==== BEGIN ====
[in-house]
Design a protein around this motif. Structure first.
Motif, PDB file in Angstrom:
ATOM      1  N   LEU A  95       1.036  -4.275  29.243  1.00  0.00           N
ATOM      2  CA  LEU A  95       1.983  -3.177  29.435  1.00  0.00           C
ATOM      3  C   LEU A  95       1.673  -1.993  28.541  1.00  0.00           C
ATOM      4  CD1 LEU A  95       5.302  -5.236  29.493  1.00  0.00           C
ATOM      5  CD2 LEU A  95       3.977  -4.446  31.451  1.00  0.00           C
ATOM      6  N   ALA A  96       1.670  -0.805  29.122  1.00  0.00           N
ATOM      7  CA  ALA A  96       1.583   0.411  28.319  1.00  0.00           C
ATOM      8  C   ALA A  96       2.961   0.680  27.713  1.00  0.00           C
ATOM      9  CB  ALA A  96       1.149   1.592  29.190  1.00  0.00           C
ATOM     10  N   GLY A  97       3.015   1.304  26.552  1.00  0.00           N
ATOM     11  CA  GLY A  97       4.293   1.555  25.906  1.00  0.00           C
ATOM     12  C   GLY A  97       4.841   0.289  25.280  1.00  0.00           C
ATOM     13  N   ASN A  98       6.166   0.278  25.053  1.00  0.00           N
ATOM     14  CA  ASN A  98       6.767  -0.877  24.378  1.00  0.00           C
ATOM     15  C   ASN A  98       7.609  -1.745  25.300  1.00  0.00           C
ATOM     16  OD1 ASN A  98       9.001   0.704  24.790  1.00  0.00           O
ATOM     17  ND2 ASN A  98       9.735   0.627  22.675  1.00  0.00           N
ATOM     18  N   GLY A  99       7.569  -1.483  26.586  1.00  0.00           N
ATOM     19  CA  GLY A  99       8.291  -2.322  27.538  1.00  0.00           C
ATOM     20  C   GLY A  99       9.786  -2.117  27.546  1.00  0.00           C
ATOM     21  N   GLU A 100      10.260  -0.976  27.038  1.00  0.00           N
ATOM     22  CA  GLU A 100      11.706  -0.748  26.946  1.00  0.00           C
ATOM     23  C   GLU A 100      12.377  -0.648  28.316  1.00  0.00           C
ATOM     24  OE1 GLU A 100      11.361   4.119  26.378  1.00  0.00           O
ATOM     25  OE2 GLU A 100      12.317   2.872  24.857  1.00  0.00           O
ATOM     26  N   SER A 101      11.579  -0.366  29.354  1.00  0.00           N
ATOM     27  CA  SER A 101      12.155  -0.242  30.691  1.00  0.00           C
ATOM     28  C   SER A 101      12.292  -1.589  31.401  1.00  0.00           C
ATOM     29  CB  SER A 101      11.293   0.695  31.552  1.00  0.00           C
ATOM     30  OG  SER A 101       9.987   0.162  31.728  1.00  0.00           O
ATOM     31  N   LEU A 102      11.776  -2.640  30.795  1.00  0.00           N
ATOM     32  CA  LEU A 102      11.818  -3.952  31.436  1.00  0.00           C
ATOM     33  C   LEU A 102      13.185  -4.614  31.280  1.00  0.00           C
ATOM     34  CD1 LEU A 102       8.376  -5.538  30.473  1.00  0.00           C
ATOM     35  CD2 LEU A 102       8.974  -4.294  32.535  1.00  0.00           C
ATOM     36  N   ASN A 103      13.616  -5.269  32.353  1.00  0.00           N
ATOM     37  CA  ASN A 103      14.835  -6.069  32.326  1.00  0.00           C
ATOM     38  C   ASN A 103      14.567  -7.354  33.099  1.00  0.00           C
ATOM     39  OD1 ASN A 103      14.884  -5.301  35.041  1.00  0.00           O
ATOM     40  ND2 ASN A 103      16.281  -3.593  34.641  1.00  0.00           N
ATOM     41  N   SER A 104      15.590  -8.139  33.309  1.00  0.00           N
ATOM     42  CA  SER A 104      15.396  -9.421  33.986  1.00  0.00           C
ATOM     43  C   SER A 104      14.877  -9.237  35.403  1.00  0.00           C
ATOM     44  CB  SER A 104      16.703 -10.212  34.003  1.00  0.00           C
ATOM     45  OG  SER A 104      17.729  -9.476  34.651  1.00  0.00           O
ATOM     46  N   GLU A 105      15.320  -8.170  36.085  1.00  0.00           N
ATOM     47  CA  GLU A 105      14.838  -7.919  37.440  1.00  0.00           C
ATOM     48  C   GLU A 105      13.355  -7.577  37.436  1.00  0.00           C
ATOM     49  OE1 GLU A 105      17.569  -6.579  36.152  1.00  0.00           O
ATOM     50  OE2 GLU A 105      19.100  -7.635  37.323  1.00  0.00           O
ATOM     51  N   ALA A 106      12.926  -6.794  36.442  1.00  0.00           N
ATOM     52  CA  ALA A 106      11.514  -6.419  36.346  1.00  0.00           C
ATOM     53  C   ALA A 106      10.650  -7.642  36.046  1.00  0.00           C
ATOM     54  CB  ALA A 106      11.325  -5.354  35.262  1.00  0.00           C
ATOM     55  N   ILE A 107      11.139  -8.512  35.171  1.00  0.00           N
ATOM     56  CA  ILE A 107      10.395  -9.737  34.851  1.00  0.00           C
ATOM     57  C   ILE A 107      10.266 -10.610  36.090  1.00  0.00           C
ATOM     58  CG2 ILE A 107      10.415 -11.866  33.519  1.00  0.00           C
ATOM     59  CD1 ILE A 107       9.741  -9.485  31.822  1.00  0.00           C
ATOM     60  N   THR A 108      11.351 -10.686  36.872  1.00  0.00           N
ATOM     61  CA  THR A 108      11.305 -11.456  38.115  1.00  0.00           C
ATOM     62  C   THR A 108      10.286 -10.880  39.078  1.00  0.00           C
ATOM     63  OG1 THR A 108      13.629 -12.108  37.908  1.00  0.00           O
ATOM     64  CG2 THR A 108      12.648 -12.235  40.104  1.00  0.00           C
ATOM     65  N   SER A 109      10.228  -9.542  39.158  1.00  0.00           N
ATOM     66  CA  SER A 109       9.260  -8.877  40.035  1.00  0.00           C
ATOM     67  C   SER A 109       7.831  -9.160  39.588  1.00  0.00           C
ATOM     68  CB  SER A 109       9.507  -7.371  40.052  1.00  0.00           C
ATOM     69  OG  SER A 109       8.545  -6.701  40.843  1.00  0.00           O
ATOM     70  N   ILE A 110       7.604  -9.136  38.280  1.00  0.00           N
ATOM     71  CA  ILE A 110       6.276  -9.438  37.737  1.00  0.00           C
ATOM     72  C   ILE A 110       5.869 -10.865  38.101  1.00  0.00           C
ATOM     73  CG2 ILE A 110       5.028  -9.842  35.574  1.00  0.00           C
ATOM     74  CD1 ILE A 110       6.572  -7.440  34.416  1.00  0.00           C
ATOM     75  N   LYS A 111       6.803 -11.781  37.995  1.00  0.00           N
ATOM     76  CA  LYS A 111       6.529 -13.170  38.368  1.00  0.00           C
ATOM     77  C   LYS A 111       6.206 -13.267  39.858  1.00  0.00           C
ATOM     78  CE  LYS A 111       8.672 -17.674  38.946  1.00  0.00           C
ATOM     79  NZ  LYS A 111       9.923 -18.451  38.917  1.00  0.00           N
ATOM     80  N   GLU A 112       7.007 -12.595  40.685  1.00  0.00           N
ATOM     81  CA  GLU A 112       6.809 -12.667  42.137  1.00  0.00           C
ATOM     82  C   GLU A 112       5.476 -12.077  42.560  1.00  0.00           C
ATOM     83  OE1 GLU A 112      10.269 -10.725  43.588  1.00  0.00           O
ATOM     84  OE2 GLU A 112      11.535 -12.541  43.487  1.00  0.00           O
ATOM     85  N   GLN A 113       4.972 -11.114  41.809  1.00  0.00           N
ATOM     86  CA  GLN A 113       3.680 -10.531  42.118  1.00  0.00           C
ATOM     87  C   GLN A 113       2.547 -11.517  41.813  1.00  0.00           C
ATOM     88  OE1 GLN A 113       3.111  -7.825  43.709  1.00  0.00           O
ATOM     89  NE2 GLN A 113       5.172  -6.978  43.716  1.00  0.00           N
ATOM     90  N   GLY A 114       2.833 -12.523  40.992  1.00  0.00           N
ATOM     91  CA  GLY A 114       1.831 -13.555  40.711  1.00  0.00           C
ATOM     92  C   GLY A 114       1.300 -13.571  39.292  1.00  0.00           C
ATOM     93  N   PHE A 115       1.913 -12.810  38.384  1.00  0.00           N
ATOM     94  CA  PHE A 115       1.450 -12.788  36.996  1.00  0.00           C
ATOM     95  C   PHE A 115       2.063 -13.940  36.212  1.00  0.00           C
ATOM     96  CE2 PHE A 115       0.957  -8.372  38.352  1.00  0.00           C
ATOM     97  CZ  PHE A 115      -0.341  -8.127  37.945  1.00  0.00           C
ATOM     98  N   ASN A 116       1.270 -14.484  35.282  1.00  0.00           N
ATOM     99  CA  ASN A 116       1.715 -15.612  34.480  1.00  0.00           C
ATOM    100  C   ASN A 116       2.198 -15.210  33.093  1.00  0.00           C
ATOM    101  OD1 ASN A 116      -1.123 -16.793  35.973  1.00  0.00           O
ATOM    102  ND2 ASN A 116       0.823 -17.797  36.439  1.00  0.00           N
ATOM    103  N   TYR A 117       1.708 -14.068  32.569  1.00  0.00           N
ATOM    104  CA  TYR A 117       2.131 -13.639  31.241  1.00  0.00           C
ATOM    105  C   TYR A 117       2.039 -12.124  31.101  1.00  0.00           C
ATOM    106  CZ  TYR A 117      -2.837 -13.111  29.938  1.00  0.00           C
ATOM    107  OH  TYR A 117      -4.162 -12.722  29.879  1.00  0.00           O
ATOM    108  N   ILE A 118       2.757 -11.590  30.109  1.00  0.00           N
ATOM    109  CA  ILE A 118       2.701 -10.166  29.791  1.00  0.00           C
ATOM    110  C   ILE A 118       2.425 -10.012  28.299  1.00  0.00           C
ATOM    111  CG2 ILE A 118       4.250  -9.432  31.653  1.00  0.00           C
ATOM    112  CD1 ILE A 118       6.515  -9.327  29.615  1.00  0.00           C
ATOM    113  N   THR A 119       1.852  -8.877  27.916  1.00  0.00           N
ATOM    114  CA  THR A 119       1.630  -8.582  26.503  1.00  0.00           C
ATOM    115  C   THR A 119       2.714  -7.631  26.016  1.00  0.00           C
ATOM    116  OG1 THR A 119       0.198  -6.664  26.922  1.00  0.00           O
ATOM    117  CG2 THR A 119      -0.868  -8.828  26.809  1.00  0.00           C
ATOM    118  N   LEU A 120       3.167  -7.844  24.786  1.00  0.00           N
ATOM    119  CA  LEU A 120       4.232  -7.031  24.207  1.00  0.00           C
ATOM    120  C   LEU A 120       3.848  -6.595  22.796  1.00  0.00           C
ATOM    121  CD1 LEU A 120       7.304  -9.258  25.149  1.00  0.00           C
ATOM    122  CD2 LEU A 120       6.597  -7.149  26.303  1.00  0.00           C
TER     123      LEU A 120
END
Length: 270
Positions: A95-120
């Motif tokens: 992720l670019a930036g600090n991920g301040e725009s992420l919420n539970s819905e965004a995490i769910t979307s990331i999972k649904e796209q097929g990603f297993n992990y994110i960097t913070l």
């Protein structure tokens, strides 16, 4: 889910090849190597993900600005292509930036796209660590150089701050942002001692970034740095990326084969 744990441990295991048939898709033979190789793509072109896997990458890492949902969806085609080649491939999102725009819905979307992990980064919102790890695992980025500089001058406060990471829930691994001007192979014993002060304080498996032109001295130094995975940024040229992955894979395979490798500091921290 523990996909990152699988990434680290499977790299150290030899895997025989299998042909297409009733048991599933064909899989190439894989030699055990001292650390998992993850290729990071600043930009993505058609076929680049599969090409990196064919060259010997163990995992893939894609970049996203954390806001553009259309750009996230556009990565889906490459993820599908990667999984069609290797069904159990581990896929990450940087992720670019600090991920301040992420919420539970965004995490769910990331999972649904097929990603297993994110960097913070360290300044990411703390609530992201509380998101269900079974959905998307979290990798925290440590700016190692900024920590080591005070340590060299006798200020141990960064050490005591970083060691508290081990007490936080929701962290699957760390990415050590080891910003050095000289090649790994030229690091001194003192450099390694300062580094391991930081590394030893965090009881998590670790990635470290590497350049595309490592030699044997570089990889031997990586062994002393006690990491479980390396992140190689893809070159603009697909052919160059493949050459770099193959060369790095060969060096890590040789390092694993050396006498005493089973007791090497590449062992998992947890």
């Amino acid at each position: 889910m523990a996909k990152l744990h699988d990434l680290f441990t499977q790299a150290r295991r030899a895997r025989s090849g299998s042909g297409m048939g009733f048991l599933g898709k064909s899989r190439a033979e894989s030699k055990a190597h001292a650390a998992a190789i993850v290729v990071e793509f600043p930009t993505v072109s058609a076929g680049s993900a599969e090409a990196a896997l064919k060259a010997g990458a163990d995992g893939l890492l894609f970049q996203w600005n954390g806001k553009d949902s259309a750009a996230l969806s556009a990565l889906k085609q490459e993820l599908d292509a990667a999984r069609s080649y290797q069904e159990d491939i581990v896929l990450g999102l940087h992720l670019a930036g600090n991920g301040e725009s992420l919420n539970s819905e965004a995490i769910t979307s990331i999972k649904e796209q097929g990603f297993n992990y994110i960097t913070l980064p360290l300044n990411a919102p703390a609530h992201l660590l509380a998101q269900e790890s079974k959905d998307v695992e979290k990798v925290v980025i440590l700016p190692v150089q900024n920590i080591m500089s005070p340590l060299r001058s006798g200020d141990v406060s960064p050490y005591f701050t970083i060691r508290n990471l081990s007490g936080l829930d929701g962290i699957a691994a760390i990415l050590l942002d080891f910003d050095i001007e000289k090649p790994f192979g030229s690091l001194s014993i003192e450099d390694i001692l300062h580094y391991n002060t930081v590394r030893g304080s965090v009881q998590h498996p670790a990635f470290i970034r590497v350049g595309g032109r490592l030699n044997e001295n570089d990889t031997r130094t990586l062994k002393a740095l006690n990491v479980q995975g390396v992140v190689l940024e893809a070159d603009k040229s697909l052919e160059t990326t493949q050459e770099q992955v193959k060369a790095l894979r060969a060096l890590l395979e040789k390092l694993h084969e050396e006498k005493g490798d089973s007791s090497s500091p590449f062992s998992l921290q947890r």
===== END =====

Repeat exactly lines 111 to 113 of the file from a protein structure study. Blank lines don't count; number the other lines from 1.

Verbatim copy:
ATOM    108  N   ILE A 118       2.757 -11.590  30.109  1.00  0.00           N
ATOM    109  CA  ILE A 118       2.701 -10.166  29.791  1.00  0.00           C
ATOM    110  C   ILE A 118       2.425 -10.012  28.299  1.00  0.00           C